HEALTH -- December 6, 2010 at 4:17 PM EDT
New Meningitis Vaccine Could be Model for Future Drugs
The rollout of a new meningitis vaccine developed specifically with poor countries in mind began Monday in western Africa.
Health officials hope to vaccinate more than 12 million people in Burkina Faso by the end of the year and millions more in Mali and Niger over the next few months.
The three countries are part of the meningitis belt, a strip of sub-Saharan Africa often hit with outbreaks of the disease, which infects the thin lining surrounding the brain and spinal cord.
Meningitis can cause loss of hearing, severe brain damage, or death--more than 5,000 people died of meningococcal meningitis in 14 African countries in 2009.
The new vaccine is the first designed specifically for Africa--it costs less than 50 cents for a dose, and provides a decade of prevention. There are currently other meningitis vaccines used in African countries during meningitis outbreaks, but they cost up to $80 a vaccine and only provide two or three years of protection, according to the World Health Organization.
"We needed a vaccine that is affordable within the context of meningitis belt countries, which are some of the poorest countries in Africa," said Christopher Elias, president of the international nonprofit PATH, which partnered with WHO in 2001 to develop the vaccine.
The new vaccine is also the first that can be used on infants. With financial support from the Bill & Melinda Gates Foundation*, the groups worked independently from the large pharmaceutical companies in the United States and Europe, and ultimately manufactured the vaccine through a company in India, keeping costs lower.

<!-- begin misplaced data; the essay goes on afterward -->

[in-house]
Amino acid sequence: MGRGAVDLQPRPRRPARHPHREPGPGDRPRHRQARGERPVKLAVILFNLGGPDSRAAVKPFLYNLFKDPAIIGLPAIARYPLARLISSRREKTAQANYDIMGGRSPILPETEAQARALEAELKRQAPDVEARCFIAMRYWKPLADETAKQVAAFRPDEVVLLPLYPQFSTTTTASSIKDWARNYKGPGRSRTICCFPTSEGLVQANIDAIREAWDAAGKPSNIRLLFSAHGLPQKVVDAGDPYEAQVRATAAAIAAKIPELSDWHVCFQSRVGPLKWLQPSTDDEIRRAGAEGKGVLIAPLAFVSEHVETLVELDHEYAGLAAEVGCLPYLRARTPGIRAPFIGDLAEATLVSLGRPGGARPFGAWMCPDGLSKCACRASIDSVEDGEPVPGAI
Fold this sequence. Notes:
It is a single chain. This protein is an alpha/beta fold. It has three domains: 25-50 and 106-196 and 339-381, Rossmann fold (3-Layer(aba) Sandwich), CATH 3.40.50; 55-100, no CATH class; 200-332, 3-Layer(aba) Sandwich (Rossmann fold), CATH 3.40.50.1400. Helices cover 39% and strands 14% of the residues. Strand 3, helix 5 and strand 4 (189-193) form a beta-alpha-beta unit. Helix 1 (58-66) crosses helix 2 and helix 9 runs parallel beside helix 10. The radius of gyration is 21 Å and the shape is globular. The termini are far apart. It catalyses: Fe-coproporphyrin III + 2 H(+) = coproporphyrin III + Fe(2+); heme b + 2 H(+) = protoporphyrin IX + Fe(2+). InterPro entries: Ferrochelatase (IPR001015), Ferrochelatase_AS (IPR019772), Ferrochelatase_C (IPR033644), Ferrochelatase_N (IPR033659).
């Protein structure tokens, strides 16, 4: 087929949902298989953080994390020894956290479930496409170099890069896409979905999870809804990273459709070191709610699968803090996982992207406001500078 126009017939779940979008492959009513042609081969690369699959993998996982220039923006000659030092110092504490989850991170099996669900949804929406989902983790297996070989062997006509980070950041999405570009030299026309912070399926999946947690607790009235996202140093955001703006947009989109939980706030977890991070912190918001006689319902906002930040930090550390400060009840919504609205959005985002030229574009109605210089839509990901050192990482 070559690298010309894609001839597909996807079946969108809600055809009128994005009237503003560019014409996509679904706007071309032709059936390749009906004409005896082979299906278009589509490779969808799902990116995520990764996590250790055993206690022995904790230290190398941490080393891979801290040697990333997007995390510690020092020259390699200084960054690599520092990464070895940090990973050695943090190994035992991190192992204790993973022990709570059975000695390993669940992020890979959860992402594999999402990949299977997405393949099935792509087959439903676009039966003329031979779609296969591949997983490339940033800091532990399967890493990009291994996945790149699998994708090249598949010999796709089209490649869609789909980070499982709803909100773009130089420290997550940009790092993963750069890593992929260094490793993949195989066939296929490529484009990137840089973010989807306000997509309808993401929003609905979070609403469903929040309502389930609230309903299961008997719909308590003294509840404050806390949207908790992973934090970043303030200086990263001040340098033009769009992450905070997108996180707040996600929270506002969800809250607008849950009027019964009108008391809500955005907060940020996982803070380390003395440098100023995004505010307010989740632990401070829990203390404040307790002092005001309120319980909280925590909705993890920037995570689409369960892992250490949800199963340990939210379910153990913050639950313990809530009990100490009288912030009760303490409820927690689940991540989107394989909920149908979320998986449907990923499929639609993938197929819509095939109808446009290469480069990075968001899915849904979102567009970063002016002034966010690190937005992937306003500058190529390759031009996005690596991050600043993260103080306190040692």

"[Meningitis A], that's the epidemic that strikes Africa and there was no market for the pharma industry to want to introduce a vaccine," said Jean-Marie Okwo-Bele, director of the Immunization, Vaccines and Biologicals Department at the World Health Organization.
This new development model has "tremendous potential," said Elias, and could applied to other diseases in the future that greatly affect the developing world, but may not be attractive from a business perspective. The World Health Organization is currently looking to apply it to a new generation of the polio vaccine, while PATH is working towards new rotavirus and pneumonia vaccines. The process highlighted that having the buy-in from African countries from the beginning was a major advantage.
"These people here know better than anybody how dreadful this disease is," said Okwo-Bele. "It's a vaccine specifically designed for Africans, requested by Africans."
*For the record, the Bill & Melinda Gates Foundation underwrites the NewsHour's global health coverage.